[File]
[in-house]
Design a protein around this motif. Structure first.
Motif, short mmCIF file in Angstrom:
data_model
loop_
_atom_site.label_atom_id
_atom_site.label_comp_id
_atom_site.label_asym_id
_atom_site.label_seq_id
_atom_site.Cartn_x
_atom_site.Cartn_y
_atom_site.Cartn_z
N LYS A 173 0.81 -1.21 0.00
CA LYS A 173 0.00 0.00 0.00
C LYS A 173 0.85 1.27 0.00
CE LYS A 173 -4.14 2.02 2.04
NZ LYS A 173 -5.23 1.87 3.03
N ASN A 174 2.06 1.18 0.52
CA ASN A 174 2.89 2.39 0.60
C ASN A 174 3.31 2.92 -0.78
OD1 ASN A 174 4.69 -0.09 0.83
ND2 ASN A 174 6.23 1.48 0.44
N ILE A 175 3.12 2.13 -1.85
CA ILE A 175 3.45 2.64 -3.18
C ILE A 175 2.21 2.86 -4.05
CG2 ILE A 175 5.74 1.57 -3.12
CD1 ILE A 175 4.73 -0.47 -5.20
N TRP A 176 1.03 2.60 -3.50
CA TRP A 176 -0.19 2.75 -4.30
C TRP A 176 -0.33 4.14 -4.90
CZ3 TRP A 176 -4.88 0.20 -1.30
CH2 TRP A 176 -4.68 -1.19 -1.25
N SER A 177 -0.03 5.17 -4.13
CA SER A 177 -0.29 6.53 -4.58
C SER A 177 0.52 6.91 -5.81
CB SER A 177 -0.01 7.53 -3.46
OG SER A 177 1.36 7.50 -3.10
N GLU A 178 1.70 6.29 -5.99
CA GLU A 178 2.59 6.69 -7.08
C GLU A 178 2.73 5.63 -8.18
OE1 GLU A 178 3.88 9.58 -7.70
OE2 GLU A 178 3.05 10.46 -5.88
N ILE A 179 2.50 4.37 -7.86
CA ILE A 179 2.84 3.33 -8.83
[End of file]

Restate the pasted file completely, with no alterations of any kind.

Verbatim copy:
[in-house]
Design a protein around this motif. Structure first.
Motif, short mmCIF file in Angstrom:
data_model
loop_
_atom_site.label_atom_id
_atom_site.label_comp_id
_atom_site.label_asym_id
_atom_site.label_seq_id
_atom_site.Cartn_x
_atom_site.Cartn_y
_atom_site.Cartn_z
N LYS A 173 0.81 -1.21 0.00
CA LYS A 173 0.00 0.00 0.00
C LYS A 173 0.85 1.27 0.00
CE LYS A 173 -4.14 2.02 2.04
NZ LYS A 173 -5.23 1.87 3.03
N ASN A 174 2.06 1.18 0.52
CA ASN A 174 2.89 2.39 0.60
C ASN A 174 3.31 2.92 -0.78
OD1 ASN A 174 4.69 -0.09 0.83
ND2 ASN A 174 6.23 1.48 0.44
N ILE A 175 3.12 2.13 -1.85
CA ILE A 175 3.45 2.64 -3.18
C ILE A 175 2.21 2.86 -4.05
CG2 ILE A 175 5.74 1.57 -3.12
CD1 ILE A 175 4.73 -0.47 -5.20
N TRP A 176 1.03 2.60 -3.50
CA TRP A 176 -0.19 2.75 -4.30
C TRP A 176 -0.33 4.14 -4.90
CZ3 TRP A 176 -4.88 0.20 -1.30
CH2 TRP A 176 -4.68 -1.19 -1.25
N SER A 177 -0.03 5.17 -4.13
CA SER A 177 -0.29 6.53 -4.58
C SER A 177 0.52 6.91 -5.81
CB SER A 177 -0.01 7.53 -3.46
OG SER A 177 1.36 7.50 -3.10
N GLU A 178 1.70 6.29 -5.99
CA GLU A 178 2.59 6.69 -7.08
C GLU A 178 2.73 5.63 -8.18
OE1 GLU A 178 3.88 9.58 -7.70
OE2 GLU A 178 3.05 10.46 -5.88
N ILE A 179 2.50 4.37 -7.86
CA ILE A 179 2.84 3.33 -8.83